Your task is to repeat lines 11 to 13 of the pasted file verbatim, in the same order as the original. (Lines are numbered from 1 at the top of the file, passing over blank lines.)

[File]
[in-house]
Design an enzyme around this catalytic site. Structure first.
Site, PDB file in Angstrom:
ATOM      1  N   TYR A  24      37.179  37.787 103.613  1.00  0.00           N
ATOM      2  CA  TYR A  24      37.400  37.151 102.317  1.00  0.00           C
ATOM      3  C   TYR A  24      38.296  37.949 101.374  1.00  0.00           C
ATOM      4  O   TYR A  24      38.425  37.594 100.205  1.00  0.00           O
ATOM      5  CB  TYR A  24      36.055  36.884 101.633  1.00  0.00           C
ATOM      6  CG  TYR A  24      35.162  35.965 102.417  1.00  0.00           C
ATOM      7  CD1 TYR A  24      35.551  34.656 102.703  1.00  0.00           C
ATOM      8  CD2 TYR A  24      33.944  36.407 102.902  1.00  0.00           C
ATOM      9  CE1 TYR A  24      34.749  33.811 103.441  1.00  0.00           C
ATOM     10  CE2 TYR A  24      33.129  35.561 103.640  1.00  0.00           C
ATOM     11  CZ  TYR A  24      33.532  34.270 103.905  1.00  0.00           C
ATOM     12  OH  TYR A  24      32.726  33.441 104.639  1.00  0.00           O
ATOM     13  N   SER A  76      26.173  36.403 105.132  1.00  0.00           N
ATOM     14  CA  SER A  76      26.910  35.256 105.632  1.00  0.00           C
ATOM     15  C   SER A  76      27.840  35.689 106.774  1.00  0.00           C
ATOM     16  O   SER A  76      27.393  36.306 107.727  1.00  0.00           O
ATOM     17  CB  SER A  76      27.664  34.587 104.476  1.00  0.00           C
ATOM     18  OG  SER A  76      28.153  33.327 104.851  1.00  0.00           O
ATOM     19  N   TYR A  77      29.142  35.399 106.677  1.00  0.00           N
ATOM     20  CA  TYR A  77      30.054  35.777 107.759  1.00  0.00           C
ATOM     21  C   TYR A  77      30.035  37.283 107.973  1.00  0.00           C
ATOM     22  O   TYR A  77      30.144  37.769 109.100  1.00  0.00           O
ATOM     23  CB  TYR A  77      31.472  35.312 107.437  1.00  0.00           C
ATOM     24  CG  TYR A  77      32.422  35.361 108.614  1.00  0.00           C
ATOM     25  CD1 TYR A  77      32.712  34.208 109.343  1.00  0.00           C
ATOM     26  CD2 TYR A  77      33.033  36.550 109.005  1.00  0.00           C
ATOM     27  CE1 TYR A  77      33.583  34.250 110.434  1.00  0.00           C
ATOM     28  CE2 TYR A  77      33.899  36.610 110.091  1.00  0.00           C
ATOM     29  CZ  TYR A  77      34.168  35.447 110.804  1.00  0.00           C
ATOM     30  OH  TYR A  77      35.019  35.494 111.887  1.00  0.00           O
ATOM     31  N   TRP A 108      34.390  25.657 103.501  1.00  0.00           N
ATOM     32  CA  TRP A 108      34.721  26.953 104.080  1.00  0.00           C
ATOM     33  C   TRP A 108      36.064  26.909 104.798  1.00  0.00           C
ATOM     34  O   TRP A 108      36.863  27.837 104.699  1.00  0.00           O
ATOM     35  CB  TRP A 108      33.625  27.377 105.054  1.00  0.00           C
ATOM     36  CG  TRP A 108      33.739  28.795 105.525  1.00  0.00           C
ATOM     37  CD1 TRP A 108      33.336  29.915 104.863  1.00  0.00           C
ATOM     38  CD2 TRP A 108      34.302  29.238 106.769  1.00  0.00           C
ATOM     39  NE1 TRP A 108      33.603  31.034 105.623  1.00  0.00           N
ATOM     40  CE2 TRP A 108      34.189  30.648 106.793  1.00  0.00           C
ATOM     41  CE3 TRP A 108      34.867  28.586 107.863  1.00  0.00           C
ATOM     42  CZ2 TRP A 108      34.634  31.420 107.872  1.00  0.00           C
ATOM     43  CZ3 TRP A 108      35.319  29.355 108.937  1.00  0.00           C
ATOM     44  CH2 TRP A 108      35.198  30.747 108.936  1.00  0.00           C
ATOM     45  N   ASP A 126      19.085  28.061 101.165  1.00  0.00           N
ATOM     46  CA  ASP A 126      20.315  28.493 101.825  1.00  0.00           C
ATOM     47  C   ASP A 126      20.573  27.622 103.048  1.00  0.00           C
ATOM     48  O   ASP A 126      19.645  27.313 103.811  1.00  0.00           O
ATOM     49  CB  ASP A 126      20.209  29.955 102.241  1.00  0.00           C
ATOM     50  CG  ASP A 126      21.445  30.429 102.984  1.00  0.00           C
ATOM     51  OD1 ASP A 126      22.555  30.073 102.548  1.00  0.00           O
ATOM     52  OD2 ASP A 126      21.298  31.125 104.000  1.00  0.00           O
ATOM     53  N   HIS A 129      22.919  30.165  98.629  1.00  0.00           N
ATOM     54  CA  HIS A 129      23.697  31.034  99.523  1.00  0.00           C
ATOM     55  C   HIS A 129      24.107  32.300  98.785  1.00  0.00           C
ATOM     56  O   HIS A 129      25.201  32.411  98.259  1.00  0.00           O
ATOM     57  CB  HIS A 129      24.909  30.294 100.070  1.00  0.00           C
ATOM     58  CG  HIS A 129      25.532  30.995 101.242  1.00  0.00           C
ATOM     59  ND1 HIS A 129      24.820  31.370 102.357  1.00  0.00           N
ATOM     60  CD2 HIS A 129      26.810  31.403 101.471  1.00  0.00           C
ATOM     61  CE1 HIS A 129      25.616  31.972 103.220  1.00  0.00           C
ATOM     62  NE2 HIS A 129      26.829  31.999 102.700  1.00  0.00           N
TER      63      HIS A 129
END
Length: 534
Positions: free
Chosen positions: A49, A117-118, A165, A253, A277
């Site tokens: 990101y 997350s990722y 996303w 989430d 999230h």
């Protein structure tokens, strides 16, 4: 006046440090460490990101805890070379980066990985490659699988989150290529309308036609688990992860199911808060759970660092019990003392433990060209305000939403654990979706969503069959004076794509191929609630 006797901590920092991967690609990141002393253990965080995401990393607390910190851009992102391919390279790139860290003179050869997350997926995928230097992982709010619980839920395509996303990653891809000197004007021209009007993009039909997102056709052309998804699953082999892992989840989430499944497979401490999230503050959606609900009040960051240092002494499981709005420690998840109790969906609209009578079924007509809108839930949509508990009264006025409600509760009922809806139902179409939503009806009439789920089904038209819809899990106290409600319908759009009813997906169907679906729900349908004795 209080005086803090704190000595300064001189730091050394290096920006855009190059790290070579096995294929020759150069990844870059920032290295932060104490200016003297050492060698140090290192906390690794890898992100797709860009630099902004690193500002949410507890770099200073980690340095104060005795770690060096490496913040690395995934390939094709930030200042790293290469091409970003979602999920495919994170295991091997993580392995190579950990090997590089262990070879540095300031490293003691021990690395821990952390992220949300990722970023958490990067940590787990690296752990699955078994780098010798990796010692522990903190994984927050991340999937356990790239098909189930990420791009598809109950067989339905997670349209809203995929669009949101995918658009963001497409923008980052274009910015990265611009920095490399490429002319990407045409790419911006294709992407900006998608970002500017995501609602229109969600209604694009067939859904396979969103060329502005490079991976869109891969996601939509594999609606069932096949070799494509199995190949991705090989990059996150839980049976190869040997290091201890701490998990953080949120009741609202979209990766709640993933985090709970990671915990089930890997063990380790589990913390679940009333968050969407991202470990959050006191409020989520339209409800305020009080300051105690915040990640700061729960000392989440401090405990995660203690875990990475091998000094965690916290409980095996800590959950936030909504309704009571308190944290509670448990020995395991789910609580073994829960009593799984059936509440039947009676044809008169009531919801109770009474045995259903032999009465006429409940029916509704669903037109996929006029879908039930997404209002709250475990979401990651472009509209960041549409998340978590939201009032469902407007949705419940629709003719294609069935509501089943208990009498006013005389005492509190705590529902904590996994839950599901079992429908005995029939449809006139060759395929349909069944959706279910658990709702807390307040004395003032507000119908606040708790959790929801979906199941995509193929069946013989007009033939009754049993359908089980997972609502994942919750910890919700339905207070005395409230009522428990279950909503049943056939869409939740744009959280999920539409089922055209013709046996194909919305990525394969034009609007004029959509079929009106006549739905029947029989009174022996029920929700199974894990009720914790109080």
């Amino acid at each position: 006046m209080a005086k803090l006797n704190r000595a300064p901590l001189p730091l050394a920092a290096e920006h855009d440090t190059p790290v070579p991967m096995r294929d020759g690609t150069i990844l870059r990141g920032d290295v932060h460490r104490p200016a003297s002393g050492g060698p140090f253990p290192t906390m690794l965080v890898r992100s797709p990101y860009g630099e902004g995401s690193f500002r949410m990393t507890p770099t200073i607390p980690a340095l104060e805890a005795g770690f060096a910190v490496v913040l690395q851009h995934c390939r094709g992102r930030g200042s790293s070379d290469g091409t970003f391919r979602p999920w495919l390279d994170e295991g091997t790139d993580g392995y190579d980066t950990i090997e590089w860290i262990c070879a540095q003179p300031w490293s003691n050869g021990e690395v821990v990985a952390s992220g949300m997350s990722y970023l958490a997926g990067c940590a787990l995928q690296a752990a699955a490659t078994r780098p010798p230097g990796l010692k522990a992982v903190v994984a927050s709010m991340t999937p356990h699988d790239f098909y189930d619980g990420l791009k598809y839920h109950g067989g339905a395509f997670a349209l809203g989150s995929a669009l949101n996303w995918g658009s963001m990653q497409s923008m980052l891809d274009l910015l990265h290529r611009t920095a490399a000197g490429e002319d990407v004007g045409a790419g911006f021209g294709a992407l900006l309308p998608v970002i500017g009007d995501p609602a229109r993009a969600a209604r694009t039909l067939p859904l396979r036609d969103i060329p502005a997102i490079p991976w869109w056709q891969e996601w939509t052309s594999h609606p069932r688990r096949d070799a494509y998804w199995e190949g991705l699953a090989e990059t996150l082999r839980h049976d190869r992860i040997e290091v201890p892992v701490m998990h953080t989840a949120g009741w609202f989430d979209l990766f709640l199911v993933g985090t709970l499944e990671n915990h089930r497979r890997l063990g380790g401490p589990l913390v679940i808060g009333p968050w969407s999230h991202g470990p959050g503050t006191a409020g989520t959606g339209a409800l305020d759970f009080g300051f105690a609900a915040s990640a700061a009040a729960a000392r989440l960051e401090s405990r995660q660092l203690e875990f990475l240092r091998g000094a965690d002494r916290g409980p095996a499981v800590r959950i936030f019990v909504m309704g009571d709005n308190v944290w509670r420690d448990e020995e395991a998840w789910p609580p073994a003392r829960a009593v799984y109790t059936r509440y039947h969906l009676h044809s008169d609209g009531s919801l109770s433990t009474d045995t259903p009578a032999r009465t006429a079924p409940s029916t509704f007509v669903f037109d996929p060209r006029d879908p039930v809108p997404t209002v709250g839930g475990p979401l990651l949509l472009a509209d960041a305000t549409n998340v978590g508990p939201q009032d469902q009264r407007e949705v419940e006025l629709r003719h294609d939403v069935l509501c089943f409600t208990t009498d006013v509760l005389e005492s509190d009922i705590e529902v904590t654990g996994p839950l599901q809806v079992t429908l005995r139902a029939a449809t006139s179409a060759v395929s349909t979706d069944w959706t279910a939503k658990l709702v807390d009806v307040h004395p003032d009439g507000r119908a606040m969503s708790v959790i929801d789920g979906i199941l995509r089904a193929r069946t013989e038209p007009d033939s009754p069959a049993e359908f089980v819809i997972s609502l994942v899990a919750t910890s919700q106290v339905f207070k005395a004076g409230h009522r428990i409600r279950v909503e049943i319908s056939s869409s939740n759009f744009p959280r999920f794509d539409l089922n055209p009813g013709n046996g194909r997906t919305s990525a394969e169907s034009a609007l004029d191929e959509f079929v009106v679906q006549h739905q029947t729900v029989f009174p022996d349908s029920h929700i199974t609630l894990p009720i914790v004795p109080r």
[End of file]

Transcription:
ATOM      8  CD2 TYR A  24      33.944  36.407 102.902  1.00  0.00           C
ATOM      9  CE1 TYR A  24      34.749  33.811 103.441  1.00  0.00           C
ATOM     10  CE2 TYR A  24      33.129  35.561 103.640  1.00  0.00           C